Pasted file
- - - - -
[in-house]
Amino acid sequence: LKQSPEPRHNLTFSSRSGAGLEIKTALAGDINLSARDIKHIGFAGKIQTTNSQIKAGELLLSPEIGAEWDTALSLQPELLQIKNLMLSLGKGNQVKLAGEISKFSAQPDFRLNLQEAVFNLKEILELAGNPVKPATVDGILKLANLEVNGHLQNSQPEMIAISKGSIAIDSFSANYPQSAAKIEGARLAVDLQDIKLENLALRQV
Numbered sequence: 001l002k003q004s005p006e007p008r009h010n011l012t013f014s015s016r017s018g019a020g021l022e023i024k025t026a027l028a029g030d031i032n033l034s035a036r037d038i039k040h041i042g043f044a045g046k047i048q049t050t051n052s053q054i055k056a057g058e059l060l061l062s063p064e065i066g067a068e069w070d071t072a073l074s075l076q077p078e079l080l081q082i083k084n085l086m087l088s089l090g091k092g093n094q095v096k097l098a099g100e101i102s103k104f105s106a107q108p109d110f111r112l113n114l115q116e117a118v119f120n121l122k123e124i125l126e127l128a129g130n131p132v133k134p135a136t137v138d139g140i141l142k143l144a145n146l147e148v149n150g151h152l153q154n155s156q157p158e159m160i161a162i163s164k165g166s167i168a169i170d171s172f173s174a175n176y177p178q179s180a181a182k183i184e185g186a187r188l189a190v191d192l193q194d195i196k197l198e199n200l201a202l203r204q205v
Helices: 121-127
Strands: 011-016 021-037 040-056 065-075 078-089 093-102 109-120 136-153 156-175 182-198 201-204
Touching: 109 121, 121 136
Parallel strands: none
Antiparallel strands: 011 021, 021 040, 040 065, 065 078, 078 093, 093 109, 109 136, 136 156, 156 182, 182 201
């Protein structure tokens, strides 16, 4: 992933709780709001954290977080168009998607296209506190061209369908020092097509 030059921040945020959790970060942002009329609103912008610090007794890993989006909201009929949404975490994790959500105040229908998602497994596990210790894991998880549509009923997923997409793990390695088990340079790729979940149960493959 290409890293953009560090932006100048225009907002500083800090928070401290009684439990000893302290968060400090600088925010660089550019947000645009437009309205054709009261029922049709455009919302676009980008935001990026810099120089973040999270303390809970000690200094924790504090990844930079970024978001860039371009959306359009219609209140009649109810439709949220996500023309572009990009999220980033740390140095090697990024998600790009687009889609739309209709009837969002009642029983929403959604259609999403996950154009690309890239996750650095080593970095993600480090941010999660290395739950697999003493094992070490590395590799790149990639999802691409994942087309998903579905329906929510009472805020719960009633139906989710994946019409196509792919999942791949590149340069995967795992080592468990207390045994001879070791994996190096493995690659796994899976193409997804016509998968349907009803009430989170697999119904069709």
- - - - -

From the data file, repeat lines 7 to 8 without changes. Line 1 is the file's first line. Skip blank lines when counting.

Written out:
Parallel strands: none
Antiparallel strands: 011 021, 021 040, 040 065, 065 078, 078 093, 093 109, 109 136, 136 156, 156 182, 182 201